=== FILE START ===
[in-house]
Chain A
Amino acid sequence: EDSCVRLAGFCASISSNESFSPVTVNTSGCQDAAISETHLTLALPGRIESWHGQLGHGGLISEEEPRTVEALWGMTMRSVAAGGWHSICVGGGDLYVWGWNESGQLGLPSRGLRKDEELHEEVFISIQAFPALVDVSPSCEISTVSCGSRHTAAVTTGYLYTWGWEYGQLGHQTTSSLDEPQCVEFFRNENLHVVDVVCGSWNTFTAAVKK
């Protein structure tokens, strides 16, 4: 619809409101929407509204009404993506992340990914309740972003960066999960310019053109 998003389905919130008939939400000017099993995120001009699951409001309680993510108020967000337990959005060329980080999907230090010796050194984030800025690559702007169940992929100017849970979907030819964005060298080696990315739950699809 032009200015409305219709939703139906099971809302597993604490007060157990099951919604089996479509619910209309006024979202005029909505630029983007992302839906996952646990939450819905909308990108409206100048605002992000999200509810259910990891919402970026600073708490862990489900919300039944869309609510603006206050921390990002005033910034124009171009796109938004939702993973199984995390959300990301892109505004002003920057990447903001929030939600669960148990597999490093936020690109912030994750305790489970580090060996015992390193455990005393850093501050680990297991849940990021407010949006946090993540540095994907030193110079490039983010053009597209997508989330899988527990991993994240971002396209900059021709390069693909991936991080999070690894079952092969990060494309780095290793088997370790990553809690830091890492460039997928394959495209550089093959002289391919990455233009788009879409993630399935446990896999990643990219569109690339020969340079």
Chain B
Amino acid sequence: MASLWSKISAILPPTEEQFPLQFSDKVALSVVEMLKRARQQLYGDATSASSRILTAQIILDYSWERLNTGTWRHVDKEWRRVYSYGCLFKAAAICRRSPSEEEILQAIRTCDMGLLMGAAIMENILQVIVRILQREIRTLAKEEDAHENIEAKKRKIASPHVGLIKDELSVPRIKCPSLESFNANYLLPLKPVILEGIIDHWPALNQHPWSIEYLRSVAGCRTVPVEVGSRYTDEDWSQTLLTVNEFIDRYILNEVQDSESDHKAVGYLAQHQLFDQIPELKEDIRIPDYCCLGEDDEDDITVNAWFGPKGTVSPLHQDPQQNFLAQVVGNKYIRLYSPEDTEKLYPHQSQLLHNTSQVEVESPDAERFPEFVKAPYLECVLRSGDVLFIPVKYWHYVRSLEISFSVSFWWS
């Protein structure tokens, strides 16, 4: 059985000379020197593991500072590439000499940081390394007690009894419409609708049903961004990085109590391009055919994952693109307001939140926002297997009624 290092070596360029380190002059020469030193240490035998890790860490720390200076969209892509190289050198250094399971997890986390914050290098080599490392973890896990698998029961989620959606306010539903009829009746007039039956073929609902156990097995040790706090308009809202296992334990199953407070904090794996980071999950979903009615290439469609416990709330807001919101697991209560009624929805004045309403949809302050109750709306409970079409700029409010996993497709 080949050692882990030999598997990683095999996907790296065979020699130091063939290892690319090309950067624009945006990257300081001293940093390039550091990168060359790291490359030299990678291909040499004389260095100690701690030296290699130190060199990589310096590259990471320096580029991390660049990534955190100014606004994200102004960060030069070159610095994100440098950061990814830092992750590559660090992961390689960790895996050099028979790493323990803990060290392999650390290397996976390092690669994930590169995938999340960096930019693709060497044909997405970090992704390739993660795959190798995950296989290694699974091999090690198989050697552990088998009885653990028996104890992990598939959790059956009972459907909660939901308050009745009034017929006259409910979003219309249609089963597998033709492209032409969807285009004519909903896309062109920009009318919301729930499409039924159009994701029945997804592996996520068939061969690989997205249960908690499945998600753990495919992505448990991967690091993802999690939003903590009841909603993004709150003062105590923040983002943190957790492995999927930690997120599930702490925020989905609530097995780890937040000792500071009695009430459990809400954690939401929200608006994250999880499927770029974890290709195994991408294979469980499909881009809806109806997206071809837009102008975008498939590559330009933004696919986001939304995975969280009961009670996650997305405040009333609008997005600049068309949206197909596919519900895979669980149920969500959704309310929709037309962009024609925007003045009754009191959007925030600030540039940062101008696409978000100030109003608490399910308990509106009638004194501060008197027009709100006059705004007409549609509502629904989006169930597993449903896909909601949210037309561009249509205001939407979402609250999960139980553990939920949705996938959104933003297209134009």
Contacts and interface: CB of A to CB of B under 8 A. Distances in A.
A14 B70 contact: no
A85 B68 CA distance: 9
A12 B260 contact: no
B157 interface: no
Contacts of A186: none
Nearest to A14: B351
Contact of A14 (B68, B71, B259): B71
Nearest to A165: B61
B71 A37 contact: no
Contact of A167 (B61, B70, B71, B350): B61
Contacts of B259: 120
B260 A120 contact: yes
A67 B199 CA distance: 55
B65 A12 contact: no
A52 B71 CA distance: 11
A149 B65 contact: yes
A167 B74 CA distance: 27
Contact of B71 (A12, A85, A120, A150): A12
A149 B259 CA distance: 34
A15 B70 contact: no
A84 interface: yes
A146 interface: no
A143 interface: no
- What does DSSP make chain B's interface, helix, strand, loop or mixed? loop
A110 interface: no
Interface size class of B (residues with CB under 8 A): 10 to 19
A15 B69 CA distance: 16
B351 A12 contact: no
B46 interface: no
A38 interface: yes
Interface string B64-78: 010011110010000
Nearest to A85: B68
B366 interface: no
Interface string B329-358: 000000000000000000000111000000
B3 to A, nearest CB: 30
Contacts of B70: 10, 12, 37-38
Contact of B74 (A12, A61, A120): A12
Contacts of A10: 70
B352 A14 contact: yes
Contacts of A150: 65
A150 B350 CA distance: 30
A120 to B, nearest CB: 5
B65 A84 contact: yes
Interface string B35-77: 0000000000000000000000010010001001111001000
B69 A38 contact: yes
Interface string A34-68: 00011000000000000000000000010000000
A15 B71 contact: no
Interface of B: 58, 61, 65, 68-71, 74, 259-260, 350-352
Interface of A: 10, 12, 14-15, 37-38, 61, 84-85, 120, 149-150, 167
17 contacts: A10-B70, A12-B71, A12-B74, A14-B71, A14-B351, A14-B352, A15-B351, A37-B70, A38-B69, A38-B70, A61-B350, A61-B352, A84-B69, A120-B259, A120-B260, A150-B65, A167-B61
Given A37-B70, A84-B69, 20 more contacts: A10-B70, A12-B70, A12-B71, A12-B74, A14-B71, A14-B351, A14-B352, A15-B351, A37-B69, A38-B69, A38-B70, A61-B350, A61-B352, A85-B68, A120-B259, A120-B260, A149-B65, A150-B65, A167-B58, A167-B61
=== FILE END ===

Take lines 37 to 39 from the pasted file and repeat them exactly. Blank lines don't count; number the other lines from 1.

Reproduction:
B46 interface: no
A38 interface: yes
Interface string B64-78: 010011110010000